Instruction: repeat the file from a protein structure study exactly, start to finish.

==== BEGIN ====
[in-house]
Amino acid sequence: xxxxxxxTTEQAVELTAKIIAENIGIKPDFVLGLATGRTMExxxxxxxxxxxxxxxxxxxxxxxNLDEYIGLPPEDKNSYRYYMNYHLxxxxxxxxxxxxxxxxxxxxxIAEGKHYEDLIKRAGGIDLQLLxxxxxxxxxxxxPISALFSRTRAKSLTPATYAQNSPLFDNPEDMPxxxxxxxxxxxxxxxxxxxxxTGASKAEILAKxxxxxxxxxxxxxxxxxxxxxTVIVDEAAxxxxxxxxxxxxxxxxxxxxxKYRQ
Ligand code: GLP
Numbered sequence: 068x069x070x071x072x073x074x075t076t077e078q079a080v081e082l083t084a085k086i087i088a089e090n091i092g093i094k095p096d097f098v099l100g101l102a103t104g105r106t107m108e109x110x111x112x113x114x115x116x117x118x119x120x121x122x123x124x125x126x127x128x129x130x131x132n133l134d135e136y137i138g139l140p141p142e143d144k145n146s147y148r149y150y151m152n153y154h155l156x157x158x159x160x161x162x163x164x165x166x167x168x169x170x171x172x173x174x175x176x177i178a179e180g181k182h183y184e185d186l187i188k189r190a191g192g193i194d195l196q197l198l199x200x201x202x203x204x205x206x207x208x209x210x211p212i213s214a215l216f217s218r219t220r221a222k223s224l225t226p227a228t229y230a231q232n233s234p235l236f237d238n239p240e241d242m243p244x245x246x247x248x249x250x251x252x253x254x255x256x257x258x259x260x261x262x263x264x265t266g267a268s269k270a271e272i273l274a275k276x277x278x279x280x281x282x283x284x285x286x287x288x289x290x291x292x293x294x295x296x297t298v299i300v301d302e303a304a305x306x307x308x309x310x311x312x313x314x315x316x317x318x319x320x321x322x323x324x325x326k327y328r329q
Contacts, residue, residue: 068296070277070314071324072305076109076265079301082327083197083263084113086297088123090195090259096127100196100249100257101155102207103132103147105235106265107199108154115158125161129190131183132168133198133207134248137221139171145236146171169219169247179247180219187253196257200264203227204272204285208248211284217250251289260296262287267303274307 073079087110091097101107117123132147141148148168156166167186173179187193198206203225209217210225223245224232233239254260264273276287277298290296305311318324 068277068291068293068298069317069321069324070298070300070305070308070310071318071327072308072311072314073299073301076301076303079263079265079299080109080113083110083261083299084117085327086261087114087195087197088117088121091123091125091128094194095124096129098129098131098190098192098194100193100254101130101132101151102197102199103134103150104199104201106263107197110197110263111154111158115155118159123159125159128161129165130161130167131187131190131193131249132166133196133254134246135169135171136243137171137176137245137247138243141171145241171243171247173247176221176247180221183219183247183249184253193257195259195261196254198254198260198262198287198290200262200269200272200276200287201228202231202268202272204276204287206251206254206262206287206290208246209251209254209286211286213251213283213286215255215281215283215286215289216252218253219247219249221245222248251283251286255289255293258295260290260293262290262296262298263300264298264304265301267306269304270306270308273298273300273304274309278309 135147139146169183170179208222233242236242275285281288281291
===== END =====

[in-house]
Amino acid sequence: xxxxxxxTTEQAVELTAKIIAENIGIKPDFVLGLATGRTMExxxxxxxxxxxxxxxxxxxxxxxNLDEYIGLPPEDKNSYRYYMNYHLxxxxxxxxxxxxxxxxxxxxxIAEGKHYEDLIKRAGGIDLQLLxxxxxxxxxxxxPISALFSRTRAKSLTPATYAQNSPLFDNPEDMPxxxxxxxxxxxxxxxxxxxxxTGASKAEILAKxxxxxxxxxxxxxxxxxxxxxTVIVDEAAxxxxxxxxxxxxxxxxxxxxxKYRQ
Ligand code: GLP
Numbered sequence: 068x069x070x071x072x073x074x075t076t077e078q079a080v081e082l083t084a085k086i087i088a089e090n091i092g093i094k095p096d097f098v099l100g101l102a103t104g105r106t107m108e109x110x111x112x113x114x115x116x117x118x119x120x121x122x123x124x125x126x127x128x129x130x131x132n133l134d135e136y137i138g139l140p141p142e143d144k145n146s147y148r149y150y151m152n153y154h155l156x157x158x159x160x161x162x163x164x165x166x167x168x169x170x171x172x173x174x175x176x177i178a179e180g181k182h183y184e185d186l187i188k189r190a191g192g193i194d195l196q197l198l199x200x201x202x203x204x205x206x207x208x209x210x211p212i213s214a215l216f217s218r219t220r221a222k223s224l225t226p227a228t229y230a231q232n233s234p235l236f237d238n239p240e241d242m243p244x245x246x247x248x249x250x251x252x253x254x255x256x257x258x259x260x261x262x263x264x265t266g267a268s269k270a271e272i273l274a275k276x277x278x279x280x281x282x283x284x285x286x287x288x289x290x291x292x293x294x295x296x297t298v299i300v301d302e303a304a305x306x307x308x309x310x311x312x313x314x315x316x317x318x319x320x321x322x323x324x325x326k327y328r329q
Contacts, residue, residue: 068296070277070314071324072305076109076265079301082327083197083263084113086297088123090195090259096127100196100249100257101155102207103132103147105235106265107199108154115158125161129190131183132168133198133207134248137221139171145236146171169219169247179247180219187253196257200264203227204272204285208248211284217250251289260296262287267303274307 073079087110091097101107117123132147141148148168156166167186173179187193198206203225209217210225223245224232233239254260264273276287277298290296305311318324 068277068291068293068298069317069321069324070298070300070305070308070310071318071327072308072311072314073299073301076301076303079263079265079299080109080113083110083261083299084117085327086261087114087195087197088117088121091123091125091128094194095124096129098129098131098190098192098194100193100254101130101132101151102197102199103134103150104199104201106263107197110197110263111154111158115155118159123159125159128161129165130161130167131187131190131193131249132166133196133254134246135169135171136243137171137176137245137247138243141171145241171243171247173247176221176247180221183219183247183249184253193257195259195261196254198254198260198262198287198290200262200269200272200276200287201228202231202268202272204276204287206251206254206262206287206290208246209251209254209286211286213251213283213286215255215281215283215286215289216252218253219247219249221245222248251283251286255289255293258295260290260293262290262296262298263300264298264304265301267306269304270306270308273298273300273304274309278309 135147139146169183170179208222233242236242275285281288281291